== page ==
Some things should just stay dead.
Through five installments, the “Resident Evil” video game-turned-movie franchise has been dividing audiences more and more. The original film in 2002 introduced us to Alice (Milla Jovovich), an employee with the Umbrella Corporation (responsible for making the T-virus, which reanimates corpses). Since the first film, Alice (who is not a character from the game series) has been fighting her former employers with advanced fighting skills, machine guns and, much to the loyal fans’ disappointment, super powers.
At the end of “Resident Evil: Afterlife,” Alice and her friends are trapped by Umbrella. This film chronicles their escape from the corporation’s underwater facility. The fact that an entire 95-minute film is devoted to Alice’s escape is probably the film’s biggest fault, but more on that later.
What we’ve come to expect from this franchise is simple (sometimes non-existent) storylines and in-your-face action. With that in mind, this film delivers, moreso with the former. There is action galore throughout “Retribution,” but there are a lot of little things to take you out of the moment. It could be the mediocre direction, the way Jill Valentine (Sienna Guillory) sways her body back and forth when firing two guns or a host of other things. The action is fun to watch but you can’t justify a $13 ticket on a half hour of slightly above average action scenes.
In many ways, the film is just like a video game. Alice is the character a player would normally control, moving through different environments of the Umbrella facility. The film plays like the level of a game, complete with a map to let the viewer know the status of the mission. The difference between video games and film, however, is that dialogue, acting and storyline have to do more than just connect A to B. In “Resident Evil: Retribution,” most conversations only last as long as it takes to switch out a fresh clip and dozens of questions are left unanswered, skipped over in order to see the next stunt that Alice and her friends try to pull off.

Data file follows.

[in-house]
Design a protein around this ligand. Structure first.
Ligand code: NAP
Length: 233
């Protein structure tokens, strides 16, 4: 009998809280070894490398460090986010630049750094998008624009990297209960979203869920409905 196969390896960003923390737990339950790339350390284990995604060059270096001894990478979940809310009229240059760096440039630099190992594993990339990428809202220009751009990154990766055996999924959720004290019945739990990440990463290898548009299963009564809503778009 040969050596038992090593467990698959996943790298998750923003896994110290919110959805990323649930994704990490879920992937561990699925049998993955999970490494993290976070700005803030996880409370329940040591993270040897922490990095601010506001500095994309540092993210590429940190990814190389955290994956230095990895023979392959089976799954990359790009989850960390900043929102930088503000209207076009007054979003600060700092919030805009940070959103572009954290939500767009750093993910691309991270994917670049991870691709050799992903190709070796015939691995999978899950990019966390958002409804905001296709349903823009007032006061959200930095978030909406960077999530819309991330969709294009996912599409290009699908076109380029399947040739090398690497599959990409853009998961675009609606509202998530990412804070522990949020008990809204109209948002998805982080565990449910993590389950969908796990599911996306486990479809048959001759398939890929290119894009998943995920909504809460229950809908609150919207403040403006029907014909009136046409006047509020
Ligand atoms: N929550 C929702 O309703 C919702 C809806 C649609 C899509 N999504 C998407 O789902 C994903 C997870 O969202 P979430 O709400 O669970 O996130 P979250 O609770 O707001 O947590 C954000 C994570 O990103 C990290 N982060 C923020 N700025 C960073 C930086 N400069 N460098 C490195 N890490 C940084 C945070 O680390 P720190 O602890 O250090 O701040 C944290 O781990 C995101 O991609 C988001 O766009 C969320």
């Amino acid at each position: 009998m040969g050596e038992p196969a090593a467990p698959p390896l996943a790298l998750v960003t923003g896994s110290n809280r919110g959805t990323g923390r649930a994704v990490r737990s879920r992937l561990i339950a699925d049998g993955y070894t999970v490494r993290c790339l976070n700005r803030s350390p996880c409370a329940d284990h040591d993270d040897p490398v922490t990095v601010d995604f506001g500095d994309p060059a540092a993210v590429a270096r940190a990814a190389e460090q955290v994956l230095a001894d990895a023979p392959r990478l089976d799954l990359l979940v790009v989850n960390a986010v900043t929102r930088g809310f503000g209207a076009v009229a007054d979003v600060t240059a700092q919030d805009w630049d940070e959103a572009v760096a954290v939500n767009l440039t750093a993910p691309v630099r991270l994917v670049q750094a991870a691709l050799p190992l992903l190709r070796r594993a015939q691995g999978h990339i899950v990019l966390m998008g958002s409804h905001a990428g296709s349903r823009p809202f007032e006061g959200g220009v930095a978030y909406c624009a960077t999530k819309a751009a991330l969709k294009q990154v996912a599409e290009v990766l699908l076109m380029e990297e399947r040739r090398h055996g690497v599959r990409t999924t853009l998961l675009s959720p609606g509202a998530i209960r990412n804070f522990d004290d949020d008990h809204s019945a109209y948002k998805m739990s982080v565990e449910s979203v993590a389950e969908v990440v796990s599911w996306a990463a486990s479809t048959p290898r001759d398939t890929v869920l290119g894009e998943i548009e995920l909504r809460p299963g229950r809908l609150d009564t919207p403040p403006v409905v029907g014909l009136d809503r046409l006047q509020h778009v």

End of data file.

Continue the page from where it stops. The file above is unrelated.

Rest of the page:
To let all biases be known, I actually enjoy this franchise. I played the original game, but I can understand some of the decisions made throughout this franchise to alter the console’s storyline. This franchise is the closest equivalent I have to people who watch “The Bachelor” or keep up with the Kardashians. I know it’s trash, but it’s still entertaining. Or at least it was until this film.
At many points in this film I had to regroup in my mind and try to figure out how one character knows who another is, what this character over here’s motivation was and so forth. The script is completely nonsensical.
If writer/director Paul W. S. Anderson (and I use the term “writer/director” loosely for the man who managed to make “Alien vs. Predator” uninteresting) gets his wish and one last installment is added to this franchise, I really hope he spends more time writing that script than it takes for me to review one of his films.